[fpc-pascal] linux: should we hard-code versioned or unversioned shared libraries in our apps?

Marco van de Voort marcov at stack.nl
Wed Aug 15 15:55:23 CEST 2012

In our previous episode, Graeme Geldenhuys said:
> > You said that you manually created the symbolic link. I simply explained that you should
> > never do that, and instead install the development packages because they will do that
> > (correctly) for you.
> So my applications that I deploy to clients will now require -devel
> packages? This just doesn't sound sane, sorry. Maybe there is just a
> fundamental flaw in all distros and how they package software.

No. It all works fine WITHIN a distribution (in a particular version). And
basically that is the only supported way on Linux.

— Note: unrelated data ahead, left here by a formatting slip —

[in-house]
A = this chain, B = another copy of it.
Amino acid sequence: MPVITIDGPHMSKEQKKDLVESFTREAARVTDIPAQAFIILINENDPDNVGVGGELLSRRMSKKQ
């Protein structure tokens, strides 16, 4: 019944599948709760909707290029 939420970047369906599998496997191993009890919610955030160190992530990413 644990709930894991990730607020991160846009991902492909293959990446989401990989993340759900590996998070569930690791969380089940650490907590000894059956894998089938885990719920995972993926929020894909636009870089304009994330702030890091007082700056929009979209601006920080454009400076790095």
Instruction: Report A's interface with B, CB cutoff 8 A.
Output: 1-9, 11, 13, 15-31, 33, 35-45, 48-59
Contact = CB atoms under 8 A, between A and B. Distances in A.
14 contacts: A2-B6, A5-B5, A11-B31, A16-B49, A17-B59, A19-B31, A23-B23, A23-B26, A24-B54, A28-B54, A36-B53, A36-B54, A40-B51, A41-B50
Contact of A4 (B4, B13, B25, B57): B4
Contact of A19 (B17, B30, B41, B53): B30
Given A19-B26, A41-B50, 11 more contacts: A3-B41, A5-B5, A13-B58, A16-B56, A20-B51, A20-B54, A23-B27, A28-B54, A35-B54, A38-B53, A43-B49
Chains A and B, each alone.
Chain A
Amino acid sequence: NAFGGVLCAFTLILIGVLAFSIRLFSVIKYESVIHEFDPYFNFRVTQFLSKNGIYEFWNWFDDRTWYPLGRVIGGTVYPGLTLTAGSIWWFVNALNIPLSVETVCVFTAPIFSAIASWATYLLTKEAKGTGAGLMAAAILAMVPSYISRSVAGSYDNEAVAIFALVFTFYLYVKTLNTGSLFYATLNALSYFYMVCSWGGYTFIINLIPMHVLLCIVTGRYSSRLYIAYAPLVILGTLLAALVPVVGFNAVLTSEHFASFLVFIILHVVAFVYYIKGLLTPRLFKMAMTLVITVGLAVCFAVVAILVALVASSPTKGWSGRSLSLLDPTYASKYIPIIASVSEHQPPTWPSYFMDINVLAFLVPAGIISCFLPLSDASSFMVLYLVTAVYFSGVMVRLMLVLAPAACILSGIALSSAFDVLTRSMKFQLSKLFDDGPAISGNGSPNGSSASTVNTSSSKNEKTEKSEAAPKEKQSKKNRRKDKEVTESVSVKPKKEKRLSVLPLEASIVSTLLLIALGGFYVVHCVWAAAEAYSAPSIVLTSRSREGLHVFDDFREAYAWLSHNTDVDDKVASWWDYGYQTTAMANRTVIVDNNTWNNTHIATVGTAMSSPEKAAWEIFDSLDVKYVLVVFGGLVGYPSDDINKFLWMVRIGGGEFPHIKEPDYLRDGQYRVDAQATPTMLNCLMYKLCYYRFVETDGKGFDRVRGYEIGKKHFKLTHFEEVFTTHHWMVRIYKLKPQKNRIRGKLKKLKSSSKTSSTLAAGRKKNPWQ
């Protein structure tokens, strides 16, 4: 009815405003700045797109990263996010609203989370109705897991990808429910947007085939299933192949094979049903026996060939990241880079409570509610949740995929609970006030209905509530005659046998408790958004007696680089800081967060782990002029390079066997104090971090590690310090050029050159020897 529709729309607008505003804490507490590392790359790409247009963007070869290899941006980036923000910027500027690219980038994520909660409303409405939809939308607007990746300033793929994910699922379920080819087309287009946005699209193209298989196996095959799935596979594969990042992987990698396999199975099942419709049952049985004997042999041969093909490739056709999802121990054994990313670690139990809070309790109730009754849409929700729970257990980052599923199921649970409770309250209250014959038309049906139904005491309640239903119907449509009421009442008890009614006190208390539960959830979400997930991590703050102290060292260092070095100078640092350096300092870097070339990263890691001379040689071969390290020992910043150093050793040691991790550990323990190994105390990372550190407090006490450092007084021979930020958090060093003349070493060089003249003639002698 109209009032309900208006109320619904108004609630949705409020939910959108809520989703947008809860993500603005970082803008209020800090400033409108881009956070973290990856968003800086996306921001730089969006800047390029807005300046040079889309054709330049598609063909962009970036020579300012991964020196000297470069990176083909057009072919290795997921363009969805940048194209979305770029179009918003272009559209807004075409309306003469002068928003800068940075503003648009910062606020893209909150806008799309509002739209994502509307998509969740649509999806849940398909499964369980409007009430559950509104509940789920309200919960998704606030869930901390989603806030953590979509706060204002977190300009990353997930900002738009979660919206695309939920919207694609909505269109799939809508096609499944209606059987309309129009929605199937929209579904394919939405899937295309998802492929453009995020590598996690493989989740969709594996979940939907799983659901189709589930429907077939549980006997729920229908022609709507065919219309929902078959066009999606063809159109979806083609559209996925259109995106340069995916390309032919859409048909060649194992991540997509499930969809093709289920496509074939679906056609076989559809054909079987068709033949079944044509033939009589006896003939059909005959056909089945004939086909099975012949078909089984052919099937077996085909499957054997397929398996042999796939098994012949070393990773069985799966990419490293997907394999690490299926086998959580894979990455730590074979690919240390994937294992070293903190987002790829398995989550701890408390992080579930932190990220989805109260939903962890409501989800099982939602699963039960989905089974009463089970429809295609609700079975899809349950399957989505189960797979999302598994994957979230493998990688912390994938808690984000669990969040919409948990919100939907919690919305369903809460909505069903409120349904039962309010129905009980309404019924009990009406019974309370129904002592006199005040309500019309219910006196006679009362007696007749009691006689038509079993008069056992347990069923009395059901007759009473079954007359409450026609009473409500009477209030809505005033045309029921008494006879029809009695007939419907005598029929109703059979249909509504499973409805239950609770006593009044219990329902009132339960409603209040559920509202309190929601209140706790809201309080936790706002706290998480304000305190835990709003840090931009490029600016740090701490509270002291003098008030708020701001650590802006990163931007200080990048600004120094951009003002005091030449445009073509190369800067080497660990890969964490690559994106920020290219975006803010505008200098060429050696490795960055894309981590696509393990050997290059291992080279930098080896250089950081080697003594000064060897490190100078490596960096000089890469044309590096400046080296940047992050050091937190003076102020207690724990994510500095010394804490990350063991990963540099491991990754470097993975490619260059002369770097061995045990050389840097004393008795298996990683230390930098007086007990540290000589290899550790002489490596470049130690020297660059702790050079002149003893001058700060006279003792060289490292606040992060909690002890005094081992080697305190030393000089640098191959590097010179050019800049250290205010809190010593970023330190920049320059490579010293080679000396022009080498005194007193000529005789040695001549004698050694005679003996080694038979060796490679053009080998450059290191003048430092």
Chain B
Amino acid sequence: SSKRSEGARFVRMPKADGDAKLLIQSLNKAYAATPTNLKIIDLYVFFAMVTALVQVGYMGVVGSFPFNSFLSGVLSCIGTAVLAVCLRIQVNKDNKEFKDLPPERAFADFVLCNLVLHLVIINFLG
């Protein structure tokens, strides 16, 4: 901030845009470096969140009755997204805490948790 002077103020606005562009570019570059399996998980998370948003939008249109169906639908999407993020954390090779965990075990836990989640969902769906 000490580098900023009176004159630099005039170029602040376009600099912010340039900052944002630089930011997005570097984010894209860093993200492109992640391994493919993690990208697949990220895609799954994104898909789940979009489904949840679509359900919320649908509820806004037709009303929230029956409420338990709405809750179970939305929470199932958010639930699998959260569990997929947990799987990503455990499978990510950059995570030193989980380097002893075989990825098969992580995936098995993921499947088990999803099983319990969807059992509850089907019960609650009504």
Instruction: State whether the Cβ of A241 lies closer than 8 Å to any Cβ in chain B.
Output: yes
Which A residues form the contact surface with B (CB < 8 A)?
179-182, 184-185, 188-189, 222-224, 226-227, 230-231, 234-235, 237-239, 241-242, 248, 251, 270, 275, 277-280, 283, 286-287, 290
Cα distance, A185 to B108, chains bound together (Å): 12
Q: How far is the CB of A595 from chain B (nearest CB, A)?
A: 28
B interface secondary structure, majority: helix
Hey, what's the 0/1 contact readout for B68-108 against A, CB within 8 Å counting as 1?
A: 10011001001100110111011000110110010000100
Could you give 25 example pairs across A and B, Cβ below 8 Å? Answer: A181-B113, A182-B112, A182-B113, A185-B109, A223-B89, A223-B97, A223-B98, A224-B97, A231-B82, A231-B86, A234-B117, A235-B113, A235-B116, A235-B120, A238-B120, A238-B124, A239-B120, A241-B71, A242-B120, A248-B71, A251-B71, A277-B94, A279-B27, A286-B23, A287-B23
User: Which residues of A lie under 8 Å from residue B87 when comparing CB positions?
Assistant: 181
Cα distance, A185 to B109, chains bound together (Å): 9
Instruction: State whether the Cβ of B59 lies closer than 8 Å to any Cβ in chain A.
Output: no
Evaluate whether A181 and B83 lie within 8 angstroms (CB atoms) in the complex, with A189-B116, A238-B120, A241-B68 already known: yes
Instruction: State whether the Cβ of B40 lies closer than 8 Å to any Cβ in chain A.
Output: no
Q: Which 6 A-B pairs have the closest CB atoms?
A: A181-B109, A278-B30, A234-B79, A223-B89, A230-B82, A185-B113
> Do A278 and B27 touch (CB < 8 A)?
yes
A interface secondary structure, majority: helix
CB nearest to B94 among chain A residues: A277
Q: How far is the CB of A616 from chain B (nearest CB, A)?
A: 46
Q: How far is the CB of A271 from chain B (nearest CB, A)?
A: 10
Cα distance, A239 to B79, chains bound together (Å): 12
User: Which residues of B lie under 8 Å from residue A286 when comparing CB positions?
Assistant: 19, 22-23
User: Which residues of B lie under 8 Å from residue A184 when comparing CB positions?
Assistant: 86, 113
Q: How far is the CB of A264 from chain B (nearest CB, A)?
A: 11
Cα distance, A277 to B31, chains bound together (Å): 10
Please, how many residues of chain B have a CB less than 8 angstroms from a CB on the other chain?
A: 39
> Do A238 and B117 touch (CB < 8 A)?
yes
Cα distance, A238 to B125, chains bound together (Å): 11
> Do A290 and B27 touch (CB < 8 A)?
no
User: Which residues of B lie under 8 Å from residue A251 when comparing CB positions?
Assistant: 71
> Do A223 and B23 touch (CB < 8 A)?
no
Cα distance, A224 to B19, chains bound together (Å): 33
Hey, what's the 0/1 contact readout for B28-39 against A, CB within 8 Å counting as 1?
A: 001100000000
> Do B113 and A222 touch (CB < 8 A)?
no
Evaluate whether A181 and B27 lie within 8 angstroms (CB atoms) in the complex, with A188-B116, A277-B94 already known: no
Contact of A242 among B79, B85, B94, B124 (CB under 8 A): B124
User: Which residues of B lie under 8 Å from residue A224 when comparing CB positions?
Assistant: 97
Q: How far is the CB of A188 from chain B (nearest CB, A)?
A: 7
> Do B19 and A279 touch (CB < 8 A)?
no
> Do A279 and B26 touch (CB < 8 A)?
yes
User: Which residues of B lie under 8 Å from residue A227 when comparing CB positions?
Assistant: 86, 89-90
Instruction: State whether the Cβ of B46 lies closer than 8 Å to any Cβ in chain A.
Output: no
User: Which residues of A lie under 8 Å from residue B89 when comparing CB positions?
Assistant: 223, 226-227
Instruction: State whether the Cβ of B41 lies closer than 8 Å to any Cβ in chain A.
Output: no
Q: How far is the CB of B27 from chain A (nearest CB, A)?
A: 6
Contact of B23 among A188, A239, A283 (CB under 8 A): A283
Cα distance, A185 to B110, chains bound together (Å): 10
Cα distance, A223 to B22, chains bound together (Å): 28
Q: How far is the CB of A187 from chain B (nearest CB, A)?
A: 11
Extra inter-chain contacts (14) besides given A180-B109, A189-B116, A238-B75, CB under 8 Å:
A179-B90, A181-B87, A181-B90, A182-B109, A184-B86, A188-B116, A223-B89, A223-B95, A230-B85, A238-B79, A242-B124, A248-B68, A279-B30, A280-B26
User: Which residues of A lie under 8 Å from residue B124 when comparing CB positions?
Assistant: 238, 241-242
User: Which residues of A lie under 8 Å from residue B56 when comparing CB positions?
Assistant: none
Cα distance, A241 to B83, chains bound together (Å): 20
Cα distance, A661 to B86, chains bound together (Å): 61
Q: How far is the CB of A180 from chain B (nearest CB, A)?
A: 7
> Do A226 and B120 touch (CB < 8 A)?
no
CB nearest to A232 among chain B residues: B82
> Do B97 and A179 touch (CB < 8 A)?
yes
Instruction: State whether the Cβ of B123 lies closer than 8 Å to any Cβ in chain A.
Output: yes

Anything crossdistribution and cross-distroversion is assumed to be on
source level, not binary level (IOW rebuild your app). According to common
linux philosophy distributing crossdistro binaries is asking for pain.

Basically if you link to a .so the normal way, to simplify build systems, a
symlink from a generic name to a versioned name is used.  But the generic
binary contains a reference to the versioned name, and thus will work
without symlink, which is why end-users systems don't have the link.

But this way of linking is more dependent on the exact version of the
library, so in the past some people changed everything to dynamically
loaded via dlload/dlsym.

This alleviates the versioning problem somewhat, but discards the
only distribution provided way to fix this.

I still think that changing everything to _dyn created more problems than
it solved. (except for special disaster case mysql maybe)

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